What’s less clear, Pavia and other experts say, is whether any resistant variants will spread widely. The coronavirus may have particular difficulty getting around Paxlovid compared to other drugs because patients take it for only five days and because it targets a protein the virus can’t easily change. Any mutation or modification the virus makes may impair its ability to replicate or survive.

“At some point, there will be Paxlovid-resistant virus,” said Adam Lauring, who studies RNA virus evolution at the University of Michigan. “Whether that clinically becomes a problem or not, it’s hard to say.”

As the drug becomes more widely available, though, some researchers fear we may be using it in ways that raise the risk such a strain emerges. Paxlovid was authorized in December but only about 33,000 prescriptions were filled in the U.S. per week until this month, when the rate skyrocketed to 160,000. On Thursday, the White House announced further measures to educate physicians and make it even easier to get treatment.

Those efforts can help vulnerable patients who are cut off from the health care system or had a reluctant doctor to get access to a potentially life-saving drug. But some experts fear the White House’s efforts may also encourage doctors to prescribe Paxlovid to relatively low-risk patients.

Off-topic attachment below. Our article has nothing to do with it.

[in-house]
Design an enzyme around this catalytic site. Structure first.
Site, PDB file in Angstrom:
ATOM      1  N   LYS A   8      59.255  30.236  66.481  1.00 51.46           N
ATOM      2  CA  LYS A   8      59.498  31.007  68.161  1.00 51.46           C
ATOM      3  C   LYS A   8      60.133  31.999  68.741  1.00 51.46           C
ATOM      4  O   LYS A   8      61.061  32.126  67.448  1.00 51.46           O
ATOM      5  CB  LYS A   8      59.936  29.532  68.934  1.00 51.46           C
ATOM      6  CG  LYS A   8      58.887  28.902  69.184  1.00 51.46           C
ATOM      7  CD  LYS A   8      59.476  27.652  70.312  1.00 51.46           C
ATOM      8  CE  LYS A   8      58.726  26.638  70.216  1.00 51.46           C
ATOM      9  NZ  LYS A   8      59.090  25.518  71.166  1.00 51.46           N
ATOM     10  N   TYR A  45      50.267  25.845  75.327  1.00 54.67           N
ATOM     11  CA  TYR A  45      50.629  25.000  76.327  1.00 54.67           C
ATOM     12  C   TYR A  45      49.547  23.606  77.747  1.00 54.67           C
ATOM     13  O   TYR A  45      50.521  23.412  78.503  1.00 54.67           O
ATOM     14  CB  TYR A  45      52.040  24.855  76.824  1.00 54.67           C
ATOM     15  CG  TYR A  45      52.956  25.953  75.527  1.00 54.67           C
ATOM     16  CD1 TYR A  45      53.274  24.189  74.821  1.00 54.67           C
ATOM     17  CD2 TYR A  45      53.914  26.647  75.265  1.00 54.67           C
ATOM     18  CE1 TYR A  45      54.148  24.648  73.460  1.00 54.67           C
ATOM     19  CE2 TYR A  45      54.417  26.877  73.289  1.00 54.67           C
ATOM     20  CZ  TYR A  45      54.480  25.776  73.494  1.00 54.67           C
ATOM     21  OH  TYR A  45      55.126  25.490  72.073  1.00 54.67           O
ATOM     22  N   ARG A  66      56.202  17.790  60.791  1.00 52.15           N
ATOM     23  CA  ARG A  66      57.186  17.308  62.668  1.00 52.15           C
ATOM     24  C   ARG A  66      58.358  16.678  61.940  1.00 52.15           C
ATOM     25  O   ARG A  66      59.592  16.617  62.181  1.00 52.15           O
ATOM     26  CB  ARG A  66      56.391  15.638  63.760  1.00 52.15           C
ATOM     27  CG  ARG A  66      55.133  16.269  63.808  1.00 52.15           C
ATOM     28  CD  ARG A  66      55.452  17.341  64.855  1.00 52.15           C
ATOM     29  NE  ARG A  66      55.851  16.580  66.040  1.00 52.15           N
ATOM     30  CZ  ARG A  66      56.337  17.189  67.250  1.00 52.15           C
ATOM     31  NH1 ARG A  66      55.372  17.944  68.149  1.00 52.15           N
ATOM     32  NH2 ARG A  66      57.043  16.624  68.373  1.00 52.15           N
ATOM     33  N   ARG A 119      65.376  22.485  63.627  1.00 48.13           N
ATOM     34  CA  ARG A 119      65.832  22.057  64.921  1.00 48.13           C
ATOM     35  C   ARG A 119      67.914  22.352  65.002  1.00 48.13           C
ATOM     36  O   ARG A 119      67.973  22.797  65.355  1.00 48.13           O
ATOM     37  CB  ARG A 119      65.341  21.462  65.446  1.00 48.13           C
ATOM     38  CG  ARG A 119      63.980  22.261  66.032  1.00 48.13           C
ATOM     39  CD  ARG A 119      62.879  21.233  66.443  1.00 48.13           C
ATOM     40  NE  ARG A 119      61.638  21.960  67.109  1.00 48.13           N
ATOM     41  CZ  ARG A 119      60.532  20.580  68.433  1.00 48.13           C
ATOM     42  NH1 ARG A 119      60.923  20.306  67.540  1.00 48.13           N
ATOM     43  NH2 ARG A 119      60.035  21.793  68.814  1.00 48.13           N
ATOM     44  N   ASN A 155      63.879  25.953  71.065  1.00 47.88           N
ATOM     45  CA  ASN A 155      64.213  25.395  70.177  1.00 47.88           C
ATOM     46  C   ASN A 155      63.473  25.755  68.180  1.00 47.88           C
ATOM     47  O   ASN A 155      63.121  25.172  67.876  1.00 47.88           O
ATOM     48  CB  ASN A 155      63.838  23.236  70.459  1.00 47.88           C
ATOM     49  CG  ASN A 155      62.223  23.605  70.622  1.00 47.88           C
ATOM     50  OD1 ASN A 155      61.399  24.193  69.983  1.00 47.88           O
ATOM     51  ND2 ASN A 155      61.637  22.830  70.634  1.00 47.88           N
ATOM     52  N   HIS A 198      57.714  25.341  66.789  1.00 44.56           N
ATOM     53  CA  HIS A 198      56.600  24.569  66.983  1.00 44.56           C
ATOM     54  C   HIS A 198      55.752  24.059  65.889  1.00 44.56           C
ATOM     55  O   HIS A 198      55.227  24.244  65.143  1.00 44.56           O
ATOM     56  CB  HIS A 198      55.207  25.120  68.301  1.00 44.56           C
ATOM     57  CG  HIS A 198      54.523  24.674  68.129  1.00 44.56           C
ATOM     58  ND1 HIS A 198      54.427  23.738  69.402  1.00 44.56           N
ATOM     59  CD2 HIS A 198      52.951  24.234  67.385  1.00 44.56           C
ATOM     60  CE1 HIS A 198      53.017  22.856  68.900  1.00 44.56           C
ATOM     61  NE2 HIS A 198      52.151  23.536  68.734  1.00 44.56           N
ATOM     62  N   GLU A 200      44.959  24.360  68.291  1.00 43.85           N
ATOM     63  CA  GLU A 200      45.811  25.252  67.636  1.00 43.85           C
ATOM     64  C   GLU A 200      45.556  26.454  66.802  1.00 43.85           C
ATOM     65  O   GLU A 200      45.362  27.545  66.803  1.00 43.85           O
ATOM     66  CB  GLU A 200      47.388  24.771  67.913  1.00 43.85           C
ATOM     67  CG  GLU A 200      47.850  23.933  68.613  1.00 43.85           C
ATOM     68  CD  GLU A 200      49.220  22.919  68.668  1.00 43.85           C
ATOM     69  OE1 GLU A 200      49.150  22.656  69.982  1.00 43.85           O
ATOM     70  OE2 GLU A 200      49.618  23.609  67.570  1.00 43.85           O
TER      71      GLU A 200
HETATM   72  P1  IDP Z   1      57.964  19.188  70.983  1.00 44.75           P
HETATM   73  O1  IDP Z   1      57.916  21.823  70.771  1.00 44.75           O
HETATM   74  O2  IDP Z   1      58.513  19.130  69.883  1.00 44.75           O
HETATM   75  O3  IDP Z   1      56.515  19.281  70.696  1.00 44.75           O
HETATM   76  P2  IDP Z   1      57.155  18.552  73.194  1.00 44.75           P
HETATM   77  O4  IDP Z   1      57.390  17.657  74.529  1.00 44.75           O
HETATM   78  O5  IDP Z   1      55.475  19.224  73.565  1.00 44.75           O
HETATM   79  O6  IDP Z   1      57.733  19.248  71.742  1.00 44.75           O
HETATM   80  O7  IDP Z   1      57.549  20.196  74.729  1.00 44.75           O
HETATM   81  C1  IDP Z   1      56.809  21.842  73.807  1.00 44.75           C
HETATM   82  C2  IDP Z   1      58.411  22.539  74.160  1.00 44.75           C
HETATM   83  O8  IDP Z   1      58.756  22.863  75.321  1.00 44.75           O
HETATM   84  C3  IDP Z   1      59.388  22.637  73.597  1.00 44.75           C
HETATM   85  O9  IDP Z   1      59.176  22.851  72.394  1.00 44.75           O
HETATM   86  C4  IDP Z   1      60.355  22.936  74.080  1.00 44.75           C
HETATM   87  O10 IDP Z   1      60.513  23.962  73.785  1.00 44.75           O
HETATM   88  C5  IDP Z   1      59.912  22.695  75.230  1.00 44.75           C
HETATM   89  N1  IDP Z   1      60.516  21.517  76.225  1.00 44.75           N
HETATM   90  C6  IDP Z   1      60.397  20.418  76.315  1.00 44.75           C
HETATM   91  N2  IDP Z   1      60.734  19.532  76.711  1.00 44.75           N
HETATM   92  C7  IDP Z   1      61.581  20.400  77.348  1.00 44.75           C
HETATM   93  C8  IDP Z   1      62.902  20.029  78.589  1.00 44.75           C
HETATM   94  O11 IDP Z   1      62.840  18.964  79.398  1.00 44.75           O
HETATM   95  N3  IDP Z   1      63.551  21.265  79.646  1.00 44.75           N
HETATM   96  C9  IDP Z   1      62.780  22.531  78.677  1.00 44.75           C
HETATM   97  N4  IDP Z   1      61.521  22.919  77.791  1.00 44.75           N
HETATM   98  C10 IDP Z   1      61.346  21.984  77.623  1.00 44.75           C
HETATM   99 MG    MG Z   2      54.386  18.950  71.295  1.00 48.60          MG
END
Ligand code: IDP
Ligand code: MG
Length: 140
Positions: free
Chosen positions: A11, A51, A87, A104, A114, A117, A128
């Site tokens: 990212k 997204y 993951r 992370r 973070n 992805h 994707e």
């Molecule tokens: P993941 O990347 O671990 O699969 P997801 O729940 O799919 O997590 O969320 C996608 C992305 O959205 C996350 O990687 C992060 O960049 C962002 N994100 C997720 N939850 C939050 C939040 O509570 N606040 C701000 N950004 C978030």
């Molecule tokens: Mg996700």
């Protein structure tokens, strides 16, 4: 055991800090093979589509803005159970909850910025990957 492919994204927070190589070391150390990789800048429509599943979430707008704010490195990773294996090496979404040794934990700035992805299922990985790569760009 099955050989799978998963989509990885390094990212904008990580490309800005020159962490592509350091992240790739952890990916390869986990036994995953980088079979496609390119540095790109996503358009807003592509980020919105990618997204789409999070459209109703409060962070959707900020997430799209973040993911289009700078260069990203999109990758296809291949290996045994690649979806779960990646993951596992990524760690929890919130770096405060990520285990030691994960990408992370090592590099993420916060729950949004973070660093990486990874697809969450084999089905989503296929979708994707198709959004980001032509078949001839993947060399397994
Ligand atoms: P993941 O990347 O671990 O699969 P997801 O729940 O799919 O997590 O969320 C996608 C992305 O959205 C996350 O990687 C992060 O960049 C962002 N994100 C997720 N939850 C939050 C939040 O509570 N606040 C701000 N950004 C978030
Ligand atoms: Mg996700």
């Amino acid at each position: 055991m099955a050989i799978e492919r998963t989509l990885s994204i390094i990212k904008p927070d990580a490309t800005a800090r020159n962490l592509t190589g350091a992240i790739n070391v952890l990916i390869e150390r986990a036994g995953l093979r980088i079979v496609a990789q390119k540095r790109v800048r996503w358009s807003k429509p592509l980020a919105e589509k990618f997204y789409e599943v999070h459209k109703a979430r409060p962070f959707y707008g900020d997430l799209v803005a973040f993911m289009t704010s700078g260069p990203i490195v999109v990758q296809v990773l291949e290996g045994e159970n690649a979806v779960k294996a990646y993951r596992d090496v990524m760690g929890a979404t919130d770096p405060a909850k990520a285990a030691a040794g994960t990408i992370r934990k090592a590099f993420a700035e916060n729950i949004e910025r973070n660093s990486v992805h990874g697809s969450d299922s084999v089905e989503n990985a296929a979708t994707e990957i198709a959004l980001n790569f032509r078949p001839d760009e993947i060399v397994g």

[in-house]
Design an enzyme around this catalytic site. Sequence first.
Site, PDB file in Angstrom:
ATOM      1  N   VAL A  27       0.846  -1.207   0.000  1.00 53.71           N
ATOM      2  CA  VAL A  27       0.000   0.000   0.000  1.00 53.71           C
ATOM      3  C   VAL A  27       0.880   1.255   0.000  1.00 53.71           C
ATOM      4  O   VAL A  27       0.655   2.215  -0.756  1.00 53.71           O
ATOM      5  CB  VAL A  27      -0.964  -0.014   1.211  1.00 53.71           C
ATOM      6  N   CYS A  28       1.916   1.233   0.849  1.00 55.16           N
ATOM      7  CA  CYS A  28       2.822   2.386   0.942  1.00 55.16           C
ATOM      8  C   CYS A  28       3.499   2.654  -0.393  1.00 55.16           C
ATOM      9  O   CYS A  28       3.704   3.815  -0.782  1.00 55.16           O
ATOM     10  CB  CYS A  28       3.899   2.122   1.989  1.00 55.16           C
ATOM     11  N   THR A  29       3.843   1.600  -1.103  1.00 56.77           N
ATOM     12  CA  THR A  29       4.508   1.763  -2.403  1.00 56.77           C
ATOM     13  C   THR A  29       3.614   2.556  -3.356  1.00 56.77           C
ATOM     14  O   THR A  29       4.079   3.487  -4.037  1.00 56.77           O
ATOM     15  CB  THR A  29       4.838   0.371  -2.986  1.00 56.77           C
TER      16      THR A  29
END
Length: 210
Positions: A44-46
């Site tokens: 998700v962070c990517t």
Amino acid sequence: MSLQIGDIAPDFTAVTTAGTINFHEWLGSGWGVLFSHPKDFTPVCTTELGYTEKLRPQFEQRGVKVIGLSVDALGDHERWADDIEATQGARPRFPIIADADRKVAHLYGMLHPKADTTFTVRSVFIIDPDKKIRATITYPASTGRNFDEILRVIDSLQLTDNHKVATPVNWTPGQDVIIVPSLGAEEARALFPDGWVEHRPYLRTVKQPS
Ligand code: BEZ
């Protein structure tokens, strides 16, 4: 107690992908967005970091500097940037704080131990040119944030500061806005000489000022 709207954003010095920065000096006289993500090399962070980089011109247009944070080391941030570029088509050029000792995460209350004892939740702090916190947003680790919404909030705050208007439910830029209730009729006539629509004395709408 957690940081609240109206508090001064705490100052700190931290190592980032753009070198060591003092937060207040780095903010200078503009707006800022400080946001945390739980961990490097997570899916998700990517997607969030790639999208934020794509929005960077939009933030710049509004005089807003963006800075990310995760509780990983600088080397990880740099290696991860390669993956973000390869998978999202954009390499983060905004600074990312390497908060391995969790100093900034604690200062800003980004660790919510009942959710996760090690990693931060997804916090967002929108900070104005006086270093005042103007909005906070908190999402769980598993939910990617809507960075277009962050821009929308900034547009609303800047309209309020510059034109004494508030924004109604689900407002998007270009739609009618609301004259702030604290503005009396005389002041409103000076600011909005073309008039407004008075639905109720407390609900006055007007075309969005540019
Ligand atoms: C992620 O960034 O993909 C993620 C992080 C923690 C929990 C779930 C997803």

In other words, the drug may currently be under-prescribed to high-risk people and over-prescribed to low-risk people, said Walid Gellad, director of the Center for Pharmaceutical Policy and Prescribing at the University of Pittsburgh. And all those low-risk prescriptions can create new opportunities for resistance.

“People shouldn’t be taking Paxlovid unless they bloody need it,” said Katrina Lythgoe, evolutionary virologist at Oxford.

Pfizer has been thinking about resistance throughout the drug’s development, said Annaliesa Anderson, the pharma’s chief scientific officer of bacterial vaccines.